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A World of Change Created by Paris Climate Talks
Two College of Engineering and Computer Science faculty members with expertise in climate change and environmental engineering are applauding the recent agreement on a global climate deal reached in Paris, but for separate reasons.
President Obama hailed the agreement as historic, saying it “lays the foundation for countries to work together to put the world on a path to keeping global temperature rise well below 2 degrees Celsius and sets an ambitious vision to go even farther than that,” according to a White House press release. “It also sends a strong signal to the private sector that the global economy is moving towards clean energy, and that through innovation and ingenuity, we can achieve our climate objectives while creating new jobs, raising standards of living and lifting millions out of poverty.”
University Professor of Environmental Systems and Distinguished Professor Charles Driscoll has conducted extensive research on the positive environmental impact of reduction in power plant emissions, having co-authored a study on the health benefits of a new policy to reduce power plant emissions. The Climate Summit, according to Driscoll, “appears to have been a remarkably successful and productive meeting that resulted in an aggressive and binding treaty to limit the emissions of gases that cause climate change. This event provides the opportunity for countries to develop innovative approaches to control emissions that will also maximize co-benefits to the local environment or economy. An example is the air quality and human health benefits associated with the U.S. Clean Power Plan, which has the potential to decrease local air pollution and save lives, in addition to decreasing emissions of carbon dioxide.”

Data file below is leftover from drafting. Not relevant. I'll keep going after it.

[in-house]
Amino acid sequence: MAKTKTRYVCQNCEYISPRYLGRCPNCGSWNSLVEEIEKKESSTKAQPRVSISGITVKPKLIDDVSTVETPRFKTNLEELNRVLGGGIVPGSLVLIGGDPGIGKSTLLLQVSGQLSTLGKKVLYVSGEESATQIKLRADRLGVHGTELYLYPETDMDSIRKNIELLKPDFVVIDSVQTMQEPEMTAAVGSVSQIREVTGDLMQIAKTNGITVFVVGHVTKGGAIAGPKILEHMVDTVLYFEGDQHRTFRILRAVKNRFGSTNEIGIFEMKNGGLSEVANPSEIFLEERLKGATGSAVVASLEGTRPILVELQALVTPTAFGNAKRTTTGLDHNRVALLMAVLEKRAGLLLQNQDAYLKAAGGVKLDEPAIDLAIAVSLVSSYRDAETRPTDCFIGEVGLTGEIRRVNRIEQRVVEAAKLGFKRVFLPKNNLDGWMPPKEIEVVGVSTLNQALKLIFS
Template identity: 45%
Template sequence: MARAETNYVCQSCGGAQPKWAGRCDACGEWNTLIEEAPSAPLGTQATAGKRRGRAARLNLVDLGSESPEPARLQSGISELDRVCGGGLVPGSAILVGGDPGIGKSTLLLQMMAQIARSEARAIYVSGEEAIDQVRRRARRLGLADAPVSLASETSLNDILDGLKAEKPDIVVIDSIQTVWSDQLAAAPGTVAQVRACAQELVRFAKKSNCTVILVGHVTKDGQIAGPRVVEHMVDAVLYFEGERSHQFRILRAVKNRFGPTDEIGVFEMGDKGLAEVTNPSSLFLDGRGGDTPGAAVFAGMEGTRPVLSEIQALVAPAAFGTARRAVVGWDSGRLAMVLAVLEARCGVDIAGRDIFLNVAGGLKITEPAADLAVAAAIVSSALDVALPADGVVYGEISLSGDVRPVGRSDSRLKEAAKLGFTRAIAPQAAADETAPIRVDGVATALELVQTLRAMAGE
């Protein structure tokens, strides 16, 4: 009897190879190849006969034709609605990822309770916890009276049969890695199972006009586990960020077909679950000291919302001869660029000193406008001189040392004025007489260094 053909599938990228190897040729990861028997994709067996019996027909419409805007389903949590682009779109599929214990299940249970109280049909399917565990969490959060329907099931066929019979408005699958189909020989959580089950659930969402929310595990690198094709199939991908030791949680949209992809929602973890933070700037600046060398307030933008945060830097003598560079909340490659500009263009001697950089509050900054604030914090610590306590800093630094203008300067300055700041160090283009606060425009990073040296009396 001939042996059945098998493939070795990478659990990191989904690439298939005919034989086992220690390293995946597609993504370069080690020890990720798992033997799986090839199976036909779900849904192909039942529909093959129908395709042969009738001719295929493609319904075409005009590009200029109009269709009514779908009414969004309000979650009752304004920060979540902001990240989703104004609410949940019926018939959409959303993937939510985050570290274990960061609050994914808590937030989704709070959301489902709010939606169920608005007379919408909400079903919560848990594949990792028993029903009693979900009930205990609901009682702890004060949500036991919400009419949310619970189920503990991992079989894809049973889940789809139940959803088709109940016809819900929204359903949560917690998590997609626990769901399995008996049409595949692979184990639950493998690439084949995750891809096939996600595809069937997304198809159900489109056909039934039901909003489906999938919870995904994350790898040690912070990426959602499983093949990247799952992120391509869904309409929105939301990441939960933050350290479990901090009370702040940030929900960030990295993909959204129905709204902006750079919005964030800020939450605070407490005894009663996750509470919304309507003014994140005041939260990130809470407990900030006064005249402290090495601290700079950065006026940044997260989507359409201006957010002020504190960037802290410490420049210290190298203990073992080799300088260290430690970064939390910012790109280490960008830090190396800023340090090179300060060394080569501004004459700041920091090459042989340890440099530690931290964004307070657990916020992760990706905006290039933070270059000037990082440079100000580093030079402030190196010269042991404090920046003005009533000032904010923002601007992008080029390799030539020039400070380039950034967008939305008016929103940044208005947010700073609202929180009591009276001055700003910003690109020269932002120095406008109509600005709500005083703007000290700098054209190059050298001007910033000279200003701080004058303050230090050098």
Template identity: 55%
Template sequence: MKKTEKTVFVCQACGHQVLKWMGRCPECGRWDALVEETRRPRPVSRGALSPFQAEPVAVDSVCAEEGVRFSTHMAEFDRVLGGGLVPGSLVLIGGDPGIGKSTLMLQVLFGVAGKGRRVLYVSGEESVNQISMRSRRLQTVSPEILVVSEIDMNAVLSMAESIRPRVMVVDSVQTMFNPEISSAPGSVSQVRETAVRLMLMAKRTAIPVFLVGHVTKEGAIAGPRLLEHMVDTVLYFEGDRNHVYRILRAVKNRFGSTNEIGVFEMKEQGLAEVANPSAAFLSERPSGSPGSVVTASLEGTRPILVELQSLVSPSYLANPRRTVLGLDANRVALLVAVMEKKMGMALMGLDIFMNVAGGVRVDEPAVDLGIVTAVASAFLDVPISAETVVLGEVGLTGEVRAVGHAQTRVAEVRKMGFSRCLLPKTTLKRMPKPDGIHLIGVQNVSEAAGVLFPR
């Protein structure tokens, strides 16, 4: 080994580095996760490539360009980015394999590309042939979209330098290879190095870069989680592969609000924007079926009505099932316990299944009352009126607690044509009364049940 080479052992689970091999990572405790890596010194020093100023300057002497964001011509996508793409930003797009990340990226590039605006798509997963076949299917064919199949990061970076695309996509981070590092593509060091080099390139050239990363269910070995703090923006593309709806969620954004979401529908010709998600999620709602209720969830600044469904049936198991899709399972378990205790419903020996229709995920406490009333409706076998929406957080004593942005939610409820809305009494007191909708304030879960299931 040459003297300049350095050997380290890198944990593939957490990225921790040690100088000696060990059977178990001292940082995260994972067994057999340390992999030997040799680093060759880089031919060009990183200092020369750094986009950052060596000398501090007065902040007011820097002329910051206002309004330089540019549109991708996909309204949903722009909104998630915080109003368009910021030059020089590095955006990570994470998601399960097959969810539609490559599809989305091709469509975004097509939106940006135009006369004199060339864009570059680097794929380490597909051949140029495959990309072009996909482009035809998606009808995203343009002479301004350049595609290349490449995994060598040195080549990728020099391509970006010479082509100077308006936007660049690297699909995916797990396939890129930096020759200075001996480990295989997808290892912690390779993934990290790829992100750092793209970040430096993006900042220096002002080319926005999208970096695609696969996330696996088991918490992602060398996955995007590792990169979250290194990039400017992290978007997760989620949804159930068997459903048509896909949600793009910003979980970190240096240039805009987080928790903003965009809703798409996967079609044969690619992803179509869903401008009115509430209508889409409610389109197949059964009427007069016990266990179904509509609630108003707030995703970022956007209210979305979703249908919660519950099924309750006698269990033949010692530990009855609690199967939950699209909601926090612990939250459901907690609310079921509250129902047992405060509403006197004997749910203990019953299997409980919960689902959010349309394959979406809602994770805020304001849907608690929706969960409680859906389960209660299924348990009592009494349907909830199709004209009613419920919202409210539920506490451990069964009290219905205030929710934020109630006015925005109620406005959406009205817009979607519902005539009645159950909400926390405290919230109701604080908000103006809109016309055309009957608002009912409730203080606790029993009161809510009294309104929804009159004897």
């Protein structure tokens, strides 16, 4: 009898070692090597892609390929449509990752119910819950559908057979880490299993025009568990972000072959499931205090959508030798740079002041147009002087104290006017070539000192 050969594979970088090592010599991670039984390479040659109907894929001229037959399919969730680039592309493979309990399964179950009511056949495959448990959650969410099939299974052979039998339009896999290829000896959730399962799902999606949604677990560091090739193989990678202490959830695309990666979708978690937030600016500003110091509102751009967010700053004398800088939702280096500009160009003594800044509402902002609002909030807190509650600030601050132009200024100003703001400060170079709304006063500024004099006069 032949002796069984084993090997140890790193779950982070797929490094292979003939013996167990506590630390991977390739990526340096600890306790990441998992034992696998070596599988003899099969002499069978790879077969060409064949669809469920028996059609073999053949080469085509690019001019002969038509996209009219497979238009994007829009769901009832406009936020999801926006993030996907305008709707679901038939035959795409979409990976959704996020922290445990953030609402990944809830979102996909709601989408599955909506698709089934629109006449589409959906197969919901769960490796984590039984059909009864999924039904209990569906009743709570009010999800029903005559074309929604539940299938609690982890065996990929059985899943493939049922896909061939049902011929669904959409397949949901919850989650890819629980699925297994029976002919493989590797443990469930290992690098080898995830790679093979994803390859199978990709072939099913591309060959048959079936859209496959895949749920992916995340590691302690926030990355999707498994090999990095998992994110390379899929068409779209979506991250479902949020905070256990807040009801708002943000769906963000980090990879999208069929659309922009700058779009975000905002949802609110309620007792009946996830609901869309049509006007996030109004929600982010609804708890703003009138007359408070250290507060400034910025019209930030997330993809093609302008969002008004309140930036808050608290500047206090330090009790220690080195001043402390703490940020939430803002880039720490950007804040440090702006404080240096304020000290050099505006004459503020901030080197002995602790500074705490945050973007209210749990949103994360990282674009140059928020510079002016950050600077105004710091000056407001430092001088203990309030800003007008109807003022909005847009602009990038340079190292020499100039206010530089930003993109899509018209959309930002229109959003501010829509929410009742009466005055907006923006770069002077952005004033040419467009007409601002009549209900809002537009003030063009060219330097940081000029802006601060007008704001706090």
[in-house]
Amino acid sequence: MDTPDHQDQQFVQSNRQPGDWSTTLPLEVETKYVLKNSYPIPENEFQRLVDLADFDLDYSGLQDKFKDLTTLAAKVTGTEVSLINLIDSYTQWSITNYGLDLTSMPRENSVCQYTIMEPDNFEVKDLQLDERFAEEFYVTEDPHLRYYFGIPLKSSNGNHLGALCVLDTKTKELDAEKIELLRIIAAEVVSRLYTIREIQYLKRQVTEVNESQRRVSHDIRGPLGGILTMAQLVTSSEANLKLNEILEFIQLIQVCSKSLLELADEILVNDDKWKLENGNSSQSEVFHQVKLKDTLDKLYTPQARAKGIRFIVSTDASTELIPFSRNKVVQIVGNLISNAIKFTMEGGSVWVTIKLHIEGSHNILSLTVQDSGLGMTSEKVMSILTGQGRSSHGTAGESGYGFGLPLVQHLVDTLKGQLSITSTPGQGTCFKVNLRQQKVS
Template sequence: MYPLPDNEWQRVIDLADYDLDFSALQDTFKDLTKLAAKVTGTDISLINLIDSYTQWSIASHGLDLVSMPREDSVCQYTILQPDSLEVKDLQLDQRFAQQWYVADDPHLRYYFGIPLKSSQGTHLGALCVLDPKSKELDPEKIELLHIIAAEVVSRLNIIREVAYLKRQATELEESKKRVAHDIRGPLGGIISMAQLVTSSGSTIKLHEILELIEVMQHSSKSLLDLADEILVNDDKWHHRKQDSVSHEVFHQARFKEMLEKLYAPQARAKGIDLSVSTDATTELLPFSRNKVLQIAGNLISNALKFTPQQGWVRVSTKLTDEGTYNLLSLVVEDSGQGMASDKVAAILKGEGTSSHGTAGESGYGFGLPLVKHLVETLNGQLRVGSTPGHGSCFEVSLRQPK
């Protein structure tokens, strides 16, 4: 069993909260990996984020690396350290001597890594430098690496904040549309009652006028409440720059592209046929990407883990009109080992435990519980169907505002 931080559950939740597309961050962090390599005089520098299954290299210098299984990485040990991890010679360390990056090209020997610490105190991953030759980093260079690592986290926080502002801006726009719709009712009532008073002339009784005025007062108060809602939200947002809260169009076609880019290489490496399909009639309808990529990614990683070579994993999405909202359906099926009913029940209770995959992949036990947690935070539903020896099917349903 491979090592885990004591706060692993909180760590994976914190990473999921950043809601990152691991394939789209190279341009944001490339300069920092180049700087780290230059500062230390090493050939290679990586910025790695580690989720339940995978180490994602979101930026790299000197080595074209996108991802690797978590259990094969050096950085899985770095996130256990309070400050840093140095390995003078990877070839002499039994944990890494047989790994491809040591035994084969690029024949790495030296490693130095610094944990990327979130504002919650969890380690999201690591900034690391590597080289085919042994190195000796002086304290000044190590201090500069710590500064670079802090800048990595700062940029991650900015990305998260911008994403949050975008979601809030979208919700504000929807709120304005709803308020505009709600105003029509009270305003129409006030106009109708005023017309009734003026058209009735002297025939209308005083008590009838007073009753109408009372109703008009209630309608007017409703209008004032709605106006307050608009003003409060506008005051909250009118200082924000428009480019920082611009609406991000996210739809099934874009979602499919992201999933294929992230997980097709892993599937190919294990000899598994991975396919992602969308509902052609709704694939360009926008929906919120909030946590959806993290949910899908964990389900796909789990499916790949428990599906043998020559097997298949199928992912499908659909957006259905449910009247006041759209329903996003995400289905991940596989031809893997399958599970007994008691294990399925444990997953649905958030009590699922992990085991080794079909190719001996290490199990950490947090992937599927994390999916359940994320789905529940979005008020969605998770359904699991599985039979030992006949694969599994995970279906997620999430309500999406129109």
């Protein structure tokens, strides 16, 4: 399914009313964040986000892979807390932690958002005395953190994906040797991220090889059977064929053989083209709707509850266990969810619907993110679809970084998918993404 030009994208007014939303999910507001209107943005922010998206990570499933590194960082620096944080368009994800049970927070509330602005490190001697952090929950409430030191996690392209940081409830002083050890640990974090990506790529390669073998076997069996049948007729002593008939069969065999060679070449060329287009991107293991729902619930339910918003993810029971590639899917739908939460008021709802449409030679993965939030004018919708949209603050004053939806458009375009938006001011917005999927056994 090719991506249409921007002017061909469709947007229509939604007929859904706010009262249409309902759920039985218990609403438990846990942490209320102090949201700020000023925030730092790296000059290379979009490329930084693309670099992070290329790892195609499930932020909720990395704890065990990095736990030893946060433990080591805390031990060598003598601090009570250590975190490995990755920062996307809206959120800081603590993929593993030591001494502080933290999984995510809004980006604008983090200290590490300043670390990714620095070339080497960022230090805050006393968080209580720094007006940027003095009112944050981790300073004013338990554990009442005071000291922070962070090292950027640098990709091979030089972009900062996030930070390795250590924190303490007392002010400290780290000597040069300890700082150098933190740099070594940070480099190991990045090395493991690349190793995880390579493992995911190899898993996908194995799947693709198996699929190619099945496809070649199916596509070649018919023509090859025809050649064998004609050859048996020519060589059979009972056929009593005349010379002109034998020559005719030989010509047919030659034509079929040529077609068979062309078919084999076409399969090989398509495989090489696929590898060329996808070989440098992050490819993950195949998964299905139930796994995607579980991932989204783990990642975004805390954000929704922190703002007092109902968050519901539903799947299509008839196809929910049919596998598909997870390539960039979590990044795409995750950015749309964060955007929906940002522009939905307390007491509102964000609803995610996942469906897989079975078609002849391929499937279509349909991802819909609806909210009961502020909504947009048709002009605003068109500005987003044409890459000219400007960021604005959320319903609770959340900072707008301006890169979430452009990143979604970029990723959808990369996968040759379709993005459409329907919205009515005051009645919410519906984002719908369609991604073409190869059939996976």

Civil and Environmental Engineering Professor of Practice Svetoslava Todorova credits the accord not only for its effect on clean air, but also for the spirit of cooperation that led to the agreement in the first place. In her work, Professor Todorova has advised the United Nations in development of a global mercury treaty, which aims to mitigate the environmentally toxic chemical element. While Professor Todorova lauds the agreement, she is equally impressed by the spirit of cooperation.
“While the Paris Agreement may not seem aggressive to some, those who understand international negotiations will see that it is an incredible achievement,” says Todorova. “It is truly historic for nearly 200 countries to agree on a global temperature reduction target. This is the first long-term commitment on climate change since 1997’s Kyoto Protocol and it sets a numerical benchmark for everyone to live up to. The world has united around a common goal. Scientists contributed substantially to the development of the Paris Agreement. In global conventions, scientists take on the role of lobbyist. We communicate fundamental science to policy makers and provide guidance for the development of technically sound solutions. The scientific knowledge and the Intergovernmental Panel on Climate Change reports have contributed tremendously to the development of the current goals of 2 C and 1.5 C .”